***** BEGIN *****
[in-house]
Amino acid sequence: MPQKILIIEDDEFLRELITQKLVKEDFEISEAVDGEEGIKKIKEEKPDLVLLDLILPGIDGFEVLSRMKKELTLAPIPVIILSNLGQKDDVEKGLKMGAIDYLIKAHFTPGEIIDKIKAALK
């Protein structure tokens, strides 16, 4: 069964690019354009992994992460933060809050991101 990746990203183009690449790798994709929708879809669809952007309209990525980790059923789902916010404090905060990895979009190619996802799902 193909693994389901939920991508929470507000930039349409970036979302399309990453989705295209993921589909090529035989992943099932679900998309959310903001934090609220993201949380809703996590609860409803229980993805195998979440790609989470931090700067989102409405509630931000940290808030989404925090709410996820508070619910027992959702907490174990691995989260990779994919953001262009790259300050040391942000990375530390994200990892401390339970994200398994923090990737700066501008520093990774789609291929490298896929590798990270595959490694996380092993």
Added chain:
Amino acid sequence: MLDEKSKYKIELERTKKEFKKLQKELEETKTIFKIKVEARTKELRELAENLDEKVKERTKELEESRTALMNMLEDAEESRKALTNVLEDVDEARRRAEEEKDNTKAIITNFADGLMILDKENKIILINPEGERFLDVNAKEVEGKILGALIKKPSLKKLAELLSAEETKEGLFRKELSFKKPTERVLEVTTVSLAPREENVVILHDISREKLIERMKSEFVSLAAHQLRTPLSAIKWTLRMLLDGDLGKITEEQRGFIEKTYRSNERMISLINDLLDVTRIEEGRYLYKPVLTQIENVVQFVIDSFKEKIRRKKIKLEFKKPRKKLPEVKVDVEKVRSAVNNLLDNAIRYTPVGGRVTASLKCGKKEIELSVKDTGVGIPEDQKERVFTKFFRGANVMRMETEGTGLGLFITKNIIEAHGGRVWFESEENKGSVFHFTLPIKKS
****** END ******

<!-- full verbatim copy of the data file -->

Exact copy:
[in-house]
Amino acid sequence: MPQKILIIEDDEFLRELITQKLVKEDFEISEAVDGEEGIKKIKEEKPDLVLLDLILPGIDGFEVLSRMKKELTLAPIPVIILSNLGQKDDVEKGLKMGAIDYLIKAHFTPGEIIDKIKAALK
């Protein structure tokens, strides 16, 4: 069964690019354009992994992460933060809050991101 990746990203183009690449790798994709929708879809669809952007309209990525980790059923789902916010404090905060990895979009190619996802799902 193909693994389901939920991508929470507000930039349409970036979302399309990453989705295209993921589909090529035989992943099932679900998309959310903001934090609220993201949380809703996590609860409803229980993805195998979440790609989470931090700067989102409405509630931000940290808030989404925090709410996820508070619910027992959702907490174990691995989260990779994919953001262009790259300050040391942000990375530390994200990892401390339970994200398994923090990737700066501008520093990774789609291929490298896929590798990270595959490694996380092993």
Added chain:
Amino acid sequence: MLDEKSKYKIELERTKKEFKKLQKELEETKTIFKIKVEARTKELRELAENLDEKVKERTKELEESRTALMNMLEDAEESRKALTNVLEDVDEARRRAEEEKDNTKAIITNFADGLMILDKENKIILINPEGERFLDVNAKEVEGKILGALIKKPSLKKLAELLSAEETKEGLFRKELSFKKPTERVLEVTTVSLAPREENVVILHDISREKLIERMKSEFVSLAAHQLRTPLSAIKWTLRMLLDGDLGKITEEQRGFIEKTYRSNERMISLINDLLDVTRIEEGRYLYKPVLTQIENVVQFVIDSFKEKIRRKKIKLEFKKPRKKLPEVKVDVEKVRSAVNNLLDNAIRYTPVGGRVTASLKCGKKEIELSVKDTGVGIPEDQKERVFTKFFRGANVMRMETEGTGLGLFITKNIIEAHGGRVWFESEENKGSVFHFTLPIKKS